He lamented that “violent extremism” was still rife in the Sahel region “despite the merciless war waged by national armies, the G5 Sahel joint forces and the Barkhane force.”
Around 20 years ago, a small herd of West African giraffes, a subspecies distinguished by its lighter color, found a safe haven from poachers and predators in the Koure area.
Today they number in their hundreds and are a key tourist attraction, enjoying the protection of local people and conservation groups.
A Western humanitarian source based in Niamey said “we all go to Koure on weekend outings because it’s very easy to access.”
“Everyone goes there, even ambassadors, diplomats, teachers... it is not considered a dangerous zone at all. There are NGOs protecting giraffes there,” the source told AFP.
However the Tillaberi region is in a hugely unstable location, near the borders of Mali and Burkina Faso.
The region has become a hideout for Sahel extremist groups such as the Islamic State in the Greater Sahara (ISGS).
The use of motorcycles has been totally banned since January in an attempt to curb the movements of such extremists.
Numerous Europeans have been abducted or killed in the volatile Sahel.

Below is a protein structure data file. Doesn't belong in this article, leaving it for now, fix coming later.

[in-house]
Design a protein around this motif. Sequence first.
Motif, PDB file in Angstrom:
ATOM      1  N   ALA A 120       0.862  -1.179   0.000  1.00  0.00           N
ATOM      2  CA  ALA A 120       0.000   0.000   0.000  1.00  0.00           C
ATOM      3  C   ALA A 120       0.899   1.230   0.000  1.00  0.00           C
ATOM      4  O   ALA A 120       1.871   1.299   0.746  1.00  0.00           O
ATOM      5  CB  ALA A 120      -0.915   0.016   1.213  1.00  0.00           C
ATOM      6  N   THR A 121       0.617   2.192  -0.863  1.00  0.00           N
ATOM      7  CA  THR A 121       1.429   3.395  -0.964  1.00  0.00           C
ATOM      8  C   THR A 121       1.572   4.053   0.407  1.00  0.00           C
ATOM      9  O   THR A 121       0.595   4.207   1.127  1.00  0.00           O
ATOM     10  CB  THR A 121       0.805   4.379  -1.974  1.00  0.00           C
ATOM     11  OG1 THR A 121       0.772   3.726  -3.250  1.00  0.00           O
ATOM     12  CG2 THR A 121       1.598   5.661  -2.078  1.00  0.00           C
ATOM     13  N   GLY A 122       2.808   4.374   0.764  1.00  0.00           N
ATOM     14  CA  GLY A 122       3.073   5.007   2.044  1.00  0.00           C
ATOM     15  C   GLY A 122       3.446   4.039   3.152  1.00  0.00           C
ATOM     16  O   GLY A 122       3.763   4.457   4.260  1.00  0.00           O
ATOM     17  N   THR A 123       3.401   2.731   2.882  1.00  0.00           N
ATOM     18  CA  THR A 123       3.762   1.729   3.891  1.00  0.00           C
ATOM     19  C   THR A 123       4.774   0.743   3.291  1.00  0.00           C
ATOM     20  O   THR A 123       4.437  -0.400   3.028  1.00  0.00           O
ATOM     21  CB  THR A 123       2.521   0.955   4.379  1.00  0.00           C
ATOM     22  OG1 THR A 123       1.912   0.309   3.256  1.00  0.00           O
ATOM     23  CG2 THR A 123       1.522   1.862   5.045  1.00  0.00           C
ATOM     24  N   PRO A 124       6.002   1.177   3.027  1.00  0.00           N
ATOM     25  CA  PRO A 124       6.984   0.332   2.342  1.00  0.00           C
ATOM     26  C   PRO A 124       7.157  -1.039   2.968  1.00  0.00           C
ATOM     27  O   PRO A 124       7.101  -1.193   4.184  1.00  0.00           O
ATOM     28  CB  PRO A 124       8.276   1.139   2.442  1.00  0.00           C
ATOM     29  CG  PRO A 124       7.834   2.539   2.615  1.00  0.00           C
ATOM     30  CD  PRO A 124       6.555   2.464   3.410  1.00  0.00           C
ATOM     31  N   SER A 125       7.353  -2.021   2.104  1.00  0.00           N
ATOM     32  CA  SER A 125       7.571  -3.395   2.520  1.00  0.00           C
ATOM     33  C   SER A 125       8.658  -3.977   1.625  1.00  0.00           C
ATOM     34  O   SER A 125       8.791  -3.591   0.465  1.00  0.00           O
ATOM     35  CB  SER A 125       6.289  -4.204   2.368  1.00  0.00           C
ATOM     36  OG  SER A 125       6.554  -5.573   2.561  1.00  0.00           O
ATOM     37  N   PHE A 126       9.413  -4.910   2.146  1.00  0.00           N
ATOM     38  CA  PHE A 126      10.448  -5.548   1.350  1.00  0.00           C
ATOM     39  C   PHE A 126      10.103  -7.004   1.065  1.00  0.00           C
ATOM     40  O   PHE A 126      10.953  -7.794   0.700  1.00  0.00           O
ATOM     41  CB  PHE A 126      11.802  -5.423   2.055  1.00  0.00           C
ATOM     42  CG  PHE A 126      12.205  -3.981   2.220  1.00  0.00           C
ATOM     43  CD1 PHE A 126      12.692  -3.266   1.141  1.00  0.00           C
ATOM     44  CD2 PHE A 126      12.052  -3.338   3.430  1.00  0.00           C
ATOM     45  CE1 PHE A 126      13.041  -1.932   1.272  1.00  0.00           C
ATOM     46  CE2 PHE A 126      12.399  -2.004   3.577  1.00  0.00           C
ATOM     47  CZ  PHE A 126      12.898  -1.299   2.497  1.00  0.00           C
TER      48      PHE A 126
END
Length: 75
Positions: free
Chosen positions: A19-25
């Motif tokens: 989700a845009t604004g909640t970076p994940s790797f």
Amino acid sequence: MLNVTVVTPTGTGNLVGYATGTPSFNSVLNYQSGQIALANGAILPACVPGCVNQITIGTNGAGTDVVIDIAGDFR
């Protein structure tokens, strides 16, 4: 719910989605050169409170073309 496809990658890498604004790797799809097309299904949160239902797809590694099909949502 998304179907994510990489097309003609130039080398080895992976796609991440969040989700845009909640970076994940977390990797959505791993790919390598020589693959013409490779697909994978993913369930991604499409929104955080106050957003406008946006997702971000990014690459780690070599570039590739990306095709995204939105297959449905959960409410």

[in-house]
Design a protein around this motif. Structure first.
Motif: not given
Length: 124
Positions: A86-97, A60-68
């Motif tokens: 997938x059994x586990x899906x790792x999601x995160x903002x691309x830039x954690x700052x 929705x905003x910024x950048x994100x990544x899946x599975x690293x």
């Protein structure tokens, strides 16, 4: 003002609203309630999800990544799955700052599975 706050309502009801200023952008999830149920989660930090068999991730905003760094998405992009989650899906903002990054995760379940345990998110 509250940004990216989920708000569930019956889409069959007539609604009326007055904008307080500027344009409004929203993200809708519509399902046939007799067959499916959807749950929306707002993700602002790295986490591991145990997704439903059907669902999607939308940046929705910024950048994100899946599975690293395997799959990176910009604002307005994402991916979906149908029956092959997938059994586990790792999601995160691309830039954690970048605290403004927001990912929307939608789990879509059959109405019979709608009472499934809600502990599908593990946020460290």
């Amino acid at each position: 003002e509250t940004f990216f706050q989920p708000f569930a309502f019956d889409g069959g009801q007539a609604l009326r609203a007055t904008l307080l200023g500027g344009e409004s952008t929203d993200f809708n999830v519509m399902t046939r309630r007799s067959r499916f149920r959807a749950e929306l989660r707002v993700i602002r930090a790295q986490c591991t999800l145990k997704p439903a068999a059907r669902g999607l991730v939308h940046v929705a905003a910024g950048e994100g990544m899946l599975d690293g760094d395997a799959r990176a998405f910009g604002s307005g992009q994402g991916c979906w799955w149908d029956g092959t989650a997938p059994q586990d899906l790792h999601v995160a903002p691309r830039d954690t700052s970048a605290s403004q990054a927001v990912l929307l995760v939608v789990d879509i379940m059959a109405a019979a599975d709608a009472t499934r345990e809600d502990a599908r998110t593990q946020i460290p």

Two young Frenchmen, Antoine De Leocour and Vincent Delory, were killed after being kidnapped by extremists from a restaurant in Niger’s capital Niamey in 2011.


Philadelphia curfew as anger boils over police killing of Black man

Updated 29 October 2020

Philadelphia curfew as anger boils over police killing of Black man

  • Thousands of people have taken to Philadelphia’s streets, with looting and violence breaking out, since police on Monday shot dead 27-year-old Walter Wallace
  • The US has seen a wave of protests and rioting since the police killing of George Floyd in May in Minnesota, when an officer was filmed pressing his knee to handcuffed Floyd’s neck

PHILADELPHIA: Officials in the US city of Philadelphia announced a nighttime curfew Wednesday following two nights of unrest over the latest police killing of a Black man whose family said suffered from mental health issues.
Thousands of people have taken to Philadelphia’s streets, with looting and violence breaking out, since police on Monday shot dead 27-year-old Walter Wallace, who was carrying a knife.
Wallace’s death and the subsequent demonstrations, in which riot police have used batons and shields to push back protesters throwing bricks and other debris, have reignited a political clash between Republicans and Democrats days before the election.
Philadelphia is the biggest city in the state of Pennsylvania, which is viewed as key to winning Tuesday’s presidential vote.